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  1. #1
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    Default 'ice cream' or 'an ice cream'

    Is it usual to say 'an ice cream' or 'two ice creams'?

    My dictionary ways 'ice cream' is an uncountable noun, but I've seen a lot of examples of putting an before 'ice cream' in books.

    ??

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    Dhiva is offline Newbie
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    Post Re: 'ice cream' or 'an ice cream'

    actually it's just ice cream.. because it's uncountable..
    but you can count the ice cream by counting the scoop,the cone or the cup.such:
    "I'd like to buy a cup of ice cream" but in informal or spoken, Some people say "I'd like to buy an ice cream" to make it easier.

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    Default Re: 'ice cream' or 'an ice cream'

    Quote Originally Posted by Dhiva View Post
    actually it's just ice cream.. because it's uncountable..
    but you can count the ice cream by counting the scoop,the cone or the cup.such:
    "I'd like to buy a cup of ice cream" but in informal or spoken, Some people say "I'd like to buy an ice cream" to make it easier.
    'I'd like an ice cream' is not particularly informal. Like many nouns, 'ice cream' can be countable or uncountable, depending on what is meant.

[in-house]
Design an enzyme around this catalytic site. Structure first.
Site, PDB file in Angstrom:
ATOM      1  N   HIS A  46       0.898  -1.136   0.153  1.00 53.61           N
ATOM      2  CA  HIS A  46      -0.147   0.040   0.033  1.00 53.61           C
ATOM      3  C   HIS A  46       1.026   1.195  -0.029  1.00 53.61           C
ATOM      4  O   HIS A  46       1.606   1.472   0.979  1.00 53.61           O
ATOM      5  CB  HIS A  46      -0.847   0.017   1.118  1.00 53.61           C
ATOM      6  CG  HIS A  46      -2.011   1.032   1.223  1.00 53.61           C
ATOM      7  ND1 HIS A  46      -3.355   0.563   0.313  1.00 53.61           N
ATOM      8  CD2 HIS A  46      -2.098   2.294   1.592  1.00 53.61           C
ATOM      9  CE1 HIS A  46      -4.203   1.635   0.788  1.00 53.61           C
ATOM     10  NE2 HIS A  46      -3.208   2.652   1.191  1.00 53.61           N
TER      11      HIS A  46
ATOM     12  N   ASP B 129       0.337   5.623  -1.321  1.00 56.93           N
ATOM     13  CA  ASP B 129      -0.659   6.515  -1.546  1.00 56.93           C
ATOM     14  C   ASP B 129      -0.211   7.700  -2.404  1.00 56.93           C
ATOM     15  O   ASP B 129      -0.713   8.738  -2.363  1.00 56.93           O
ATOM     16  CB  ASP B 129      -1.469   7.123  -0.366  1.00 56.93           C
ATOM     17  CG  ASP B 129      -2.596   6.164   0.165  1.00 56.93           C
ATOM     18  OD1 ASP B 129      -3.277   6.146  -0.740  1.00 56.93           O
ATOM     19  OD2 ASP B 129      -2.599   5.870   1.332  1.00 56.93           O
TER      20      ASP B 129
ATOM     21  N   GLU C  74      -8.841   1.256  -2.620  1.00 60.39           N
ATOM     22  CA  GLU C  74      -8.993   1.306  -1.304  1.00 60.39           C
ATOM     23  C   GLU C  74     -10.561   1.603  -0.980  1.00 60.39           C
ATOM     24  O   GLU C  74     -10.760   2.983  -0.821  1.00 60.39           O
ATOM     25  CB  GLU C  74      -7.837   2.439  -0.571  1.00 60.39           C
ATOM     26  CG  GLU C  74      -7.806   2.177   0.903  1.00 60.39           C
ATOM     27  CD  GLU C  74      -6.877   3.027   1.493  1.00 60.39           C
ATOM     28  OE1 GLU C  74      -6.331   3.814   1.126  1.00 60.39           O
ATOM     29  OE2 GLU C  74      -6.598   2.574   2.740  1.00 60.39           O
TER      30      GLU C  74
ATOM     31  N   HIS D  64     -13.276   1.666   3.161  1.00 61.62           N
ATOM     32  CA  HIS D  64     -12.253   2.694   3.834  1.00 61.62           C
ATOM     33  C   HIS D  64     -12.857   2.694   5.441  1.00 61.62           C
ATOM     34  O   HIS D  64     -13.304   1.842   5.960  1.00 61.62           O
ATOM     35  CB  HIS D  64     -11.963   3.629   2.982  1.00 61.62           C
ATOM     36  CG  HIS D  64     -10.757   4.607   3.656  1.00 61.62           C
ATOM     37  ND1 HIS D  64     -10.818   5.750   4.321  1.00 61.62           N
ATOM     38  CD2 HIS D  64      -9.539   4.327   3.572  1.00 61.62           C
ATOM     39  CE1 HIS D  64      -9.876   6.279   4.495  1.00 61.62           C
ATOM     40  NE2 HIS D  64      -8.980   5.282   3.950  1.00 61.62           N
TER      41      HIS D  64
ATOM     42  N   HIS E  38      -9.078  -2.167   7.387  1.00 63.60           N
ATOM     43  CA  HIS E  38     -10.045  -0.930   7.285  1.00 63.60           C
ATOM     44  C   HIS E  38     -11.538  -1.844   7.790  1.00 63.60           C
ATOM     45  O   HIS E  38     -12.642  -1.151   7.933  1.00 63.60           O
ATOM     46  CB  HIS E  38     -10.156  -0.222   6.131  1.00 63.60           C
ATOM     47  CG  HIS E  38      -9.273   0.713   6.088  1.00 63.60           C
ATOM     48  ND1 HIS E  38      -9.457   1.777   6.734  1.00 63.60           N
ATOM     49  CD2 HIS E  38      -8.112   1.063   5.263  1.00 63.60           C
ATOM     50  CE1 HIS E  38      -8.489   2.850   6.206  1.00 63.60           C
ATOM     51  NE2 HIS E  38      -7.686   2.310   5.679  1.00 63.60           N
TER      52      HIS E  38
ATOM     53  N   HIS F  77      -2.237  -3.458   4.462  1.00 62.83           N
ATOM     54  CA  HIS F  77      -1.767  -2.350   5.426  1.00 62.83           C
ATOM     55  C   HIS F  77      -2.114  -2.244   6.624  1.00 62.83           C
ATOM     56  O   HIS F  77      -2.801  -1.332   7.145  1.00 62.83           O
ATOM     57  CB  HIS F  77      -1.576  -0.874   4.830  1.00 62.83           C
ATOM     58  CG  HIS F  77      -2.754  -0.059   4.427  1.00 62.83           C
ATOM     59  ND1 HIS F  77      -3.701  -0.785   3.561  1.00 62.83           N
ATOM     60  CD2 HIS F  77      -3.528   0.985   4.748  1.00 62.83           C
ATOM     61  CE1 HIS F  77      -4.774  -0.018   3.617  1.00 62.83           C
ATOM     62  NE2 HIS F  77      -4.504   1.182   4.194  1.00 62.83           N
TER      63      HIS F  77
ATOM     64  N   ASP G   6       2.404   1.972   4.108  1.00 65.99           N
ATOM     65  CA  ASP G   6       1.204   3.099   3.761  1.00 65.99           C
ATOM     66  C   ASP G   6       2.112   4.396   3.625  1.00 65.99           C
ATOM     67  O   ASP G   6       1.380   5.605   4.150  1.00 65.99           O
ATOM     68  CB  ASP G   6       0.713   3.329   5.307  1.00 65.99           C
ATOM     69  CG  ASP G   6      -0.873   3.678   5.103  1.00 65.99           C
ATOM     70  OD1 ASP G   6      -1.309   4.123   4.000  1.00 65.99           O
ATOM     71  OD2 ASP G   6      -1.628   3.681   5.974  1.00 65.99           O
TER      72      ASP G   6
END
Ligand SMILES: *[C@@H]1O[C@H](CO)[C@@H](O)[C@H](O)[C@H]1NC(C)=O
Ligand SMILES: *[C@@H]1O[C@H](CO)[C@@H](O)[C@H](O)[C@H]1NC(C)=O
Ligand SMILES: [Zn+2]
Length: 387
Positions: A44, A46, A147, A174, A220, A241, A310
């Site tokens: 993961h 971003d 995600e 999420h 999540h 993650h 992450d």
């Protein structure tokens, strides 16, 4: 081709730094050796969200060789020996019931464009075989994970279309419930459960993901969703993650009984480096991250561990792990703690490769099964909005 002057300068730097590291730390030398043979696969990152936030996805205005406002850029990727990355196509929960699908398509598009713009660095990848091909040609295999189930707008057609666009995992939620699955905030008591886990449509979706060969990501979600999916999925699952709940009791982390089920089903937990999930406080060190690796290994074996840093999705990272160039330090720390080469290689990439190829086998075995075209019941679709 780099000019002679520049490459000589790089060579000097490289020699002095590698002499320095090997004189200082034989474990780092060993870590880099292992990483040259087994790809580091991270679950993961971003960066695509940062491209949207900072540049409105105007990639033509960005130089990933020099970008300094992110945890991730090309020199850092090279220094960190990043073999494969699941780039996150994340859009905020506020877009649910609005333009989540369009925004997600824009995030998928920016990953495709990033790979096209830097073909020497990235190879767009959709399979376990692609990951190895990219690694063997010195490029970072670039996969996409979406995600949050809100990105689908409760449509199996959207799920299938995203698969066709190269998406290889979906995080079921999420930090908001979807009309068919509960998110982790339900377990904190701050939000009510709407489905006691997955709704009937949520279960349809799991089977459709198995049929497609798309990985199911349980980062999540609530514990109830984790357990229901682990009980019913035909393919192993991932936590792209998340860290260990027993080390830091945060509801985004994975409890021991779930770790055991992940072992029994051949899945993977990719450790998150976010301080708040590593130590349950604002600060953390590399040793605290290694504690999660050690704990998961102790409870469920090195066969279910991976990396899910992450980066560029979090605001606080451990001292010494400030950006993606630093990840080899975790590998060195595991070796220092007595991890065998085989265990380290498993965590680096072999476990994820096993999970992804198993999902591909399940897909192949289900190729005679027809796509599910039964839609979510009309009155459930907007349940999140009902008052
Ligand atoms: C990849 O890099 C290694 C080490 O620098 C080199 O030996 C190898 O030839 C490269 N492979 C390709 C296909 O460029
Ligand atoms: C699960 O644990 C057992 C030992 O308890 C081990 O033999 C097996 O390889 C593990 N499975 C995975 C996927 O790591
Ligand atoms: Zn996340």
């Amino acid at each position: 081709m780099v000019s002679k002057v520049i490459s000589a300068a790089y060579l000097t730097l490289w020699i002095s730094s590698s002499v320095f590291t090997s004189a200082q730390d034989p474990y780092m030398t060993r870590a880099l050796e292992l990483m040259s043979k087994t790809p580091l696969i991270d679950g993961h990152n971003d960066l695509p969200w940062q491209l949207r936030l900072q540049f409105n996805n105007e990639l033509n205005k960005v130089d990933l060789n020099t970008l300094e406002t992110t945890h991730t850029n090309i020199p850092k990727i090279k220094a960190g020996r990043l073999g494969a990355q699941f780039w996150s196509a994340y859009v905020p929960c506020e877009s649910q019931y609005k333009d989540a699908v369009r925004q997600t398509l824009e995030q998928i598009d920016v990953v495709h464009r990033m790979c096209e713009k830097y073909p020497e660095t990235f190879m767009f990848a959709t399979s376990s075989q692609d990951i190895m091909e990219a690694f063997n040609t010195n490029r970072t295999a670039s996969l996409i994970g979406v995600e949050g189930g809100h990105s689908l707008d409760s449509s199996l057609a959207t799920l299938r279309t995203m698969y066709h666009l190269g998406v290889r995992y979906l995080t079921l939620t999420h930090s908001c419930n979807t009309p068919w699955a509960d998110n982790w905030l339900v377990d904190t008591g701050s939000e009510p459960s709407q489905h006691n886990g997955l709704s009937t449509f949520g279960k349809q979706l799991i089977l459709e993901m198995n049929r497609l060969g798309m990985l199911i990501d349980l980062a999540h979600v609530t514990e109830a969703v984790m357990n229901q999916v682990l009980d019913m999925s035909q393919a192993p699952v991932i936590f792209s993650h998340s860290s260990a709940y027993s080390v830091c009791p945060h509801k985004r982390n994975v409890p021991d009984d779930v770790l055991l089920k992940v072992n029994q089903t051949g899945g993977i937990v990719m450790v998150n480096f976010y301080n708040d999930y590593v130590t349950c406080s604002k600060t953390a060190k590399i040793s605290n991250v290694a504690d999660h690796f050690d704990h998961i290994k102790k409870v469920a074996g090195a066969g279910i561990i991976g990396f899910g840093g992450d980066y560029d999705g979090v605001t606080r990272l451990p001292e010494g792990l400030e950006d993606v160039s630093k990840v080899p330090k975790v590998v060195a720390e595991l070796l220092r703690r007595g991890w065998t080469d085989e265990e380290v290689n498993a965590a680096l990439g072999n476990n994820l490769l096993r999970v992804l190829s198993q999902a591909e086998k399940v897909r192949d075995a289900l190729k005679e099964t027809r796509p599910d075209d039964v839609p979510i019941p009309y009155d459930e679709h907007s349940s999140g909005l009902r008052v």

"I'll get us some ice cream for pudding." - a tub
    "I like ice cream." - the food product.
    In a restaurant: "Two ice creams please." - portions
    "Luke ate three ice creams yesterday afternoon."- ice creams

  4. #4
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    Default Re: 'ice cream' or 'an ice cream'

    Quote Originally Posted by fivejedjon View Post
    'I'd like an ice cream' is not particularly informal. Like many nouns, 'ice cream' can be countable or uncountable, depending on what is meant.

    "I'll get us some ice cream for pudding." - a tub
    This example might not be understood by most speakers of AmE.
    It seems that in BrE, pudding can be used as a synonym for dessert, while in AmE, it refers to a specific type of dessert.
    Pudding - Wikipedia, the free encyclopedia

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